Been a wild couple of days with everything going on in the country and in our somewhat normal lives. Cindy flew out to New Orleans to visit our daughter and Grandson for his 2nd birthday. Seems like only yesterday that we were there watching him be born. I stayed home and held down the fort much to my dislike. Cindy told me it would be too hard to orchestrate both of us going, but she wasn’t going to miss it for the world. I wanted to go really bad, but agreed that I couldn’t see how we could finagle the two of us leaving during this time of the year.
While she was gone, I was working the Tiki Bar one very slow night by myself. It was really hot and sticky humid and quite breezy. Only a few guests were sitting inside the bar chatting and the sunset looked like it was going to be a total bust. There was a layer of thick clouds right on the horizon, so when the sun got close to setting, it just sort of disappeared.
Everyone left thinking that the night had basically ended without any grand exit or good photo opportunities I was sitting in the bar about 25 minutes later and noticed a bright pink glow on the water, so I grabbed my camera and walked out of the tiki bar to see what the sky was doing up above us. I right away yelled back into the few remaining patrons and said “Ya’ll should come out here and look at this!”
The remaining clouds were lit up something magical and the water was reflecting an amazing pinkish glow. What we call the Afterglow was kicking tonight and for the next 20 minutes, we all sat out on the dock just ‘Ohhing’ and ‘Ahhing’ as it changed with each passing second.
So what we thought was going to be a lame night, turned into one of the best sunsets I’ve seen in a long time. After everyone finally went home that night, I drug myself into our lonely house, fed the dogs and got ready for bed. As I was shutting down the computer, I decided to look at the pictures I had taken of sunset on a larger screen. I downloaded them and was looking at them on my laptop and thought I should at least post one to Facebook.
It was the one shot I liked the best of my dozen or so pictures I had taken earlier. I posted it on our Low-Key Hideaway Facebook Page and shut the computer down finally crawling into bed.
The next morning I woke up, let the dogs out to relieve themselves, turned my computer back on and checked some emails. I noticed a few posts commenting on the photo I had posted the night before and was shocked to see that it had over 200 ‘Likes’ and an amazing 243 ‘Shares’. That’s probably the most we’ve ever had on any of our images. And to think that I was considering the night a total bust due to how low our sales were. I guess some things make up for others when you look at it from a different angle.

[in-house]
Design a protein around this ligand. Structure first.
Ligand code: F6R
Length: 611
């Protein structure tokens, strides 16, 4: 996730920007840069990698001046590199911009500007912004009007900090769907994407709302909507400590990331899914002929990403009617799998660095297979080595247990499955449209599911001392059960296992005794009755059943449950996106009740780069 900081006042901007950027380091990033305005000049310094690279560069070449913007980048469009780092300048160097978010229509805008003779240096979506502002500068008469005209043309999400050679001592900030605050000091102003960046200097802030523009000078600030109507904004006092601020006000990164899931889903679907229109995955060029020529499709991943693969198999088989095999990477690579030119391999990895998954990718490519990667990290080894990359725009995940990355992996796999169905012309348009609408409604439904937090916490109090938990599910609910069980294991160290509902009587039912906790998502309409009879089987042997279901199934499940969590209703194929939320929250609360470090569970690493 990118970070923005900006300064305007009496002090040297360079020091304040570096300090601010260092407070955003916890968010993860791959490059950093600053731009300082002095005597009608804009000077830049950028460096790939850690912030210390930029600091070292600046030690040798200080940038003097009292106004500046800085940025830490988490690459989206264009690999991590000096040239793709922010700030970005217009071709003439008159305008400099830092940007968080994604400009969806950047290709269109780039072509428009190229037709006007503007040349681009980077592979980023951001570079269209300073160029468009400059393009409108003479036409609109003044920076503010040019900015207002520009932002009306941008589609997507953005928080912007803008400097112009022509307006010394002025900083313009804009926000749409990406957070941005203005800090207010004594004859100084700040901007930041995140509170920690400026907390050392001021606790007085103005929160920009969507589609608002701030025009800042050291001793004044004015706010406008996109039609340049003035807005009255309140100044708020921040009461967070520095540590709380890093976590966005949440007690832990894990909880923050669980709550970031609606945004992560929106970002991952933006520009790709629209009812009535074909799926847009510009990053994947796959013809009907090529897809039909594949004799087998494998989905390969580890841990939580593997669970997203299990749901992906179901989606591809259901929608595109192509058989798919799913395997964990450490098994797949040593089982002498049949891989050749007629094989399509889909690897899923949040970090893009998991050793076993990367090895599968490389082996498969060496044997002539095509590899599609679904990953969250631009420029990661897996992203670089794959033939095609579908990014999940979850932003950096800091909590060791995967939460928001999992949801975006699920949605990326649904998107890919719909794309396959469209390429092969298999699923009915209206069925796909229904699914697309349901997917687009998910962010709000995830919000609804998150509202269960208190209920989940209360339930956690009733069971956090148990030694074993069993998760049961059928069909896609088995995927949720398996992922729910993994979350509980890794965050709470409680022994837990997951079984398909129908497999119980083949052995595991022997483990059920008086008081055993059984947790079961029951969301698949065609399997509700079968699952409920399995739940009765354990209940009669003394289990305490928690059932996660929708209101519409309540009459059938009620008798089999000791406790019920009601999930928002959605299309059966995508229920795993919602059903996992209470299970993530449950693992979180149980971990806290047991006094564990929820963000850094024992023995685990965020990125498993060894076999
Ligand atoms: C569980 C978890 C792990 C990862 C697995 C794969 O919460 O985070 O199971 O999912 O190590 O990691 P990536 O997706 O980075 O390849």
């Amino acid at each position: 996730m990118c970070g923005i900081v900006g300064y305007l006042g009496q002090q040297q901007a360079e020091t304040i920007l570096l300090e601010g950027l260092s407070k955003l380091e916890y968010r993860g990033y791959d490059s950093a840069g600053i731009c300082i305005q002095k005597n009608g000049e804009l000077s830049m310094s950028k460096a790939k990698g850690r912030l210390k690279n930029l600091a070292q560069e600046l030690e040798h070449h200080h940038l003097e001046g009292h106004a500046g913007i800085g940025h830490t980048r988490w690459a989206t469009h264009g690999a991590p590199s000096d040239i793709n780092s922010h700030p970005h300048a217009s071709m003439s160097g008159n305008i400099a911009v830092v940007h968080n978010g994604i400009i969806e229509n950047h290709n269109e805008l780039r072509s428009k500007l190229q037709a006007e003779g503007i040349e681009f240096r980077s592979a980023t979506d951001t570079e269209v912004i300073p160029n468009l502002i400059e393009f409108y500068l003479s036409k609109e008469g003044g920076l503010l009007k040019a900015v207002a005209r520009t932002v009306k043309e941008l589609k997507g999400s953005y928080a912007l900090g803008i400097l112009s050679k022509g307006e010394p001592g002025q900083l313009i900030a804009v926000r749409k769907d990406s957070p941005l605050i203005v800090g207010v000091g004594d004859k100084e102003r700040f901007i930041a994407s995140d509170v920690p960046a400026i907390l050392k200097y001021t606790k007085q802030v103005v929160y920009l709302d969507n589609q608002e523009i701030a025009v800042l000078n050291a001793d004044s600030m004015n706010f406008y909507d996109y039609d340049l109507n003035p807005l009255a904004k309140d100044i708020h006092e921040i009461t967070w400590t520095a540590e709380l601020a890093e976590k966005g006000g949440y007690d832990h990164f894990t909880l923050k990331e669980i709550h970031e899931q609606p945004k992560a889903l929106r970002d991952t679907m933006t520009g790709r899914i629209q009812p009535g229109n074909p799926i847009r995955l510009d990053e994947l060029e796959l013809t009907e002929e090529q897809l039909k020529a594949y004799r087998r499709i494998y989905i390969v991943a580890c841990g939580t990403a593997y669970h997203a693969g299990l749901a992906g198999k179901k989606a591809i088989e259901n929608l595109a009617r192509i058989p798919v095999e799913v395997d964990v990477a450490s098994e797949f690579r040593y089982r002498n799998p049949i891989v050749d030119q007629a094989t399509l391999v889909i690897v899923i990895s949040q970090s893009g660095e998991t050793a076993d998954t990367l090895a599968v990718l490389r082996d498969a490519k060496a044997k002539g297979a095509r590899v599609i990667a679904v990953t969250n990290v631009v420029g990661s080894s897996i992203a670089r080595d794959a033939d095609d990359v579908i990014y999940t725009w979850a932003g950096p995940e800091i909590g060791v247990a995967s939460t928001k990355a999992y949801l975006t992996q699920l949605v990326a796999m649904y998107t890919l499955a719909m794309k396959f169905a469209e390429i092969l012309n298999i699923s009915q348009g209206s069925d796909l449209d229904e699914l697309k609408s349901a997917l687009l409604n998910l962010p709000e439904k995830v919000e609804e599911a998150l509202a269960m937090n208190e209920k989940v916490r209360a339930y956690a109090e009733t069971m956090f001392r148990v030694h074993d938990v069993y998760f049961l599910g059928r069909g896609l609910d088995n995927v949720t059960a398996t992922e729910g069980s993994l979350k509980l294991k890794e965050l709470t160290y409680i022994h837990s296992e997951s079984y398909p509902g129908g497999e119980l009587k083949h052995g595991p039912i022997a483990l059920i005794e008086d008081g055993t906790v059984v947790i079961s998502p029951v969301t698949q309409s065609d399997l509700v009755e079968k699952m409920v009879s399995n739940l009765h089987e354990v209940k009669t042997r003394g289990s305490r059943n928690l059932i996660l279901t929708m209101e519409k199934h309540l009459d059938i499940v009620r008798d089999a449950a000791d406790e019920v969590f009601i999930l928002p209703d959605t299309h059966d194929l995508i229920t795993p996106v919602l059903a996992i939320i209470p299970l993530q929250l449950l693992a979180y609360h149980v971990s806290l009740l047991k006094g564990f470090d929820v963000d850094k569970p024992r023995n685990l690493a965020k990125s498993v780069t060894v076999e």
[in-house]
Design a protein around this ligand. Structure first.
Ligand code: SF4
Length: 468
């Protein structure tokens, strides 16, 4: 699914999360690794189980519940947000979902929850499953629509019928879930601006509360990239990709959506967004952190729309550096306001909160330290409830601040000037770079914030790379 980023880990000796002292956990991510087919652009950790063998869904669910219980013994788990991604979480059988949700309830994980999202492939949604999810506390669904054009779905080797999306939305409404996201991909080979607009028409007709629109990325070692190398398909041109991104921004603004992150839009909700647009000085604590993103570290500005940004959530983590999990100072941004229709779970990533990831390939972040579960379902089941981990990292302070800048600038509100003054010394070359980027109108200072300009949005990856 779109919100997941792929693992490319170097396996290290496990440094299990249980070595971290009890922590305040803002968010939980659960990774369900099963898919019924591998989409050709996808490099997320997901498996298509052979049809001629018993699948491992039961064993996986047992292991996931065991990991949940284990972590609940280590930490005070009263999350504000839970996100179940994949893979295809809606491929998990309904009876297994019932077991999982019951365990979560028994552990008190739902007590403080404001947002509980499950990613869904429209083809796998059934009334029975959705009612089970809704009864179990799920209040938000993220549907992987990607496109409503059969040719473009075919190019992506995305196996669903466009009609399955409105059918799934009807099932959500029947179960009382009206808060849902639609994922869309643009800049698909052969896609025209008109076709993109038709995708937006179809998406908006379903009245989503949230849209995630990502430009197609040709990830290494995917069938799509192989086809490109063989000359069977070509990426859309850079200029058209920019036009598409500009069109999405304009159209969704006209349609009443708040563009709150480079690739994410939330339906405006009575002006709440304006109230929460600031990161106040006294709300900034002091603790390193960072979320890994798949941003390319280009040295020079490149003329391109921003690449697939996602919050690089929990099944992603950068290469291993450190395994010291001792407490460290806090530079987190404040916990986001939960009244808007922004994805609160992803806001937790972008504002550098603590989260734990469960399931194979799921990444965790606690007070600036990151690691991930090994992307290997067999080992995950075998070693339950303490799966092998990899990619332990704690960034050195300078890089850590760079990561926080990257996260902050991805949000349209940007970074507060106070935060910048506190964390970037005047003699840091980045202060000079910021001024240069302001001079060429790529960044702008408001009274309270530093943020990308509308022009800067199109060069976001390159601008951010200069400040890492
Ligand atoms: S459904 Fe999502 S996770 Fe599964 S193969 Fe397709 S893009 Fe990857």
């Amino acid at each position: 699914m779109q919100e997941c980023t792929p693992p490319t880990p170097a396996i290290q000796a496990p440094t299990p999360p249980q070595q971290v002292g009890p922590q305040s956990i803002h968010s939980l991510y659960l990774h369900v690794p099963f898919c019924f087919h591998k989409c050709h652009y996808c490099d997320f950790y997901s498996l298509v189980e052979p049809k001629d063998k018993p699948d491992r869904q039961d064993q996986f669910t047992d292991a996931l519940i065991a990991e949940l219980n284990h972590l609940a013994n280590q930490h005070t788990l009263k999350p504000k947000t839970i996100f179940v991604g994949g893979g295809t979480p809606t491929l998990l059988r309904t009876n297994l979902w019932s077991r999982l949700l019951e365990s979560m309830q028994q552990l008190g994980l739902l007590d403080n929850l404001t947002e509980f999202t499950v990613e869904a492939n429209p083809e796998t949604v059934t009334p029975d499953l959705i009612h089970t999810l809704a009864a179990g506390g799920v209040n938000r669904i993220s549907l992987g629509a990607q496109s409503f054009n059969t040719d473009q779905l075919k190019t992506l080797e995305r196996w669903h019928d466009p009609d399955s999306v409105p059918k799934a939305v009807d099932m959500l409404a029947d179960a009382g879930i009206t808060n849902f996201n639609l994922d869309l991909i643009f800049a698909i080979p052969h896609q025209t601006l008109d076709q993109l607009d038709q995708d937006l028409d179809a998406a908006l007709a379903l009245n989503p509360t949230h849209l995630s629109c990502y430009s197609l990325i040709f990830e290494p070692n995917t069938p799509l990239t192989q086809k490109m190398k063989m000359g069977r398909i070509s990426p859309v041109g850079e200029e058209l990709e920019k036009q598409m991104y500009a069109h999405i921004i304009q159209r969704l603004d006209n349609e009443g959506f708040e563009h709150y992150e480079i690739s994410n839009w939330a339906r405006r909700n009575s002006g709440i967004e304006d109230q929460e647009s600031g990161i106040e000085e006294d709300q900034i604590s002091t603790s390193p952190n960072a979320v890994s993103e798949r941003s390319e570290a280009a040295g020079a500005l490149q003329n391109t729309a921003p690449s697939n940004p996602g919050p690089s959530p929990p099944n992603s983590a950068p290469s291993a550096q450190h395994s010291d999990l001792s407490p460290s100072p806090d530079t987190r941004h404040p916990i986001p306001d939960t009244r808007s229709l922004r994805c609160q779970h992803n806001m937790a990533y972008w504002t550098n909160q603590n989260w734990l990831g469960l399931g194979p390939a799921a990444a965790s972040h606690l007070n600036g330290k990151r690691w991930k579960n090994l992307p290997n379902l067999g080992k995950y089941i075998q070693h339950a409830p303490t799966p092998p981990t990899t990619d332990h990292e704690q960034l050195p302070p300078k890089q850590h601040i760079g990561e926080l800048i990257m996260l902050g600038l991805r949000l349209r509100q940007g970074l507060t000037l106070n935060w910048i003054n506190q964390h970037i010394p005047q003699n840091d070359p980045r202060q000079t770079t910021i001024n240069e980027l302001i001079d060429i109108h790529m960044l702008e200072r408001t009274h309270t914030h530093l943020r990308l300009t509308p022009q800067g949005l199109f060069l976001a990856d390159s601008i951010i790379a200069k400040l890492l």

I also received a really nice email from a fellow photographer after he had read a page I have on my Photography Website.
Here is what the email said:
I wanted to commend you on your thoughtful, generous and practical concert photo tips article on your website. I’ve been a photographer since 1975, professional since 1980, and your advice will help a lot of people who are starting out.
You’ve covered a lot of important issues, especially being considerate of fans and obeying the rules and treating security with respect. I’ve also worked as an events security guard for 7 years at stadiums and concert halls; I know their mindset. NEVER NEVER upset them….they can ruin your night if they desire.
Your tips for selling photos was especially noteworthy, since most beginners probably are happy just to get a pass. Another interesting tip for them would be how to present your work to magazines and book publishers. I’ve never marketed my work, but over the past two years, since I’ve been posting my work, I’ve been getting a lot of purchase requests and book use requests. Most recently from a publisher in England doing a Kinks’ book.
Well, on behalf of the photographers you’re article will help, thanks again.
Roger Barone – Philadelphia – Photos from Philly
I checked out Rogers photos and that’s quite a compliment coming from such a talented photographer. It put a smile on my face and really made me feel good for the rest of the day. Thank you Roger for your kind words and I hope that page I put together will help a fellow photographer learn a few things without making many of the same mistakes we’ve made over the years.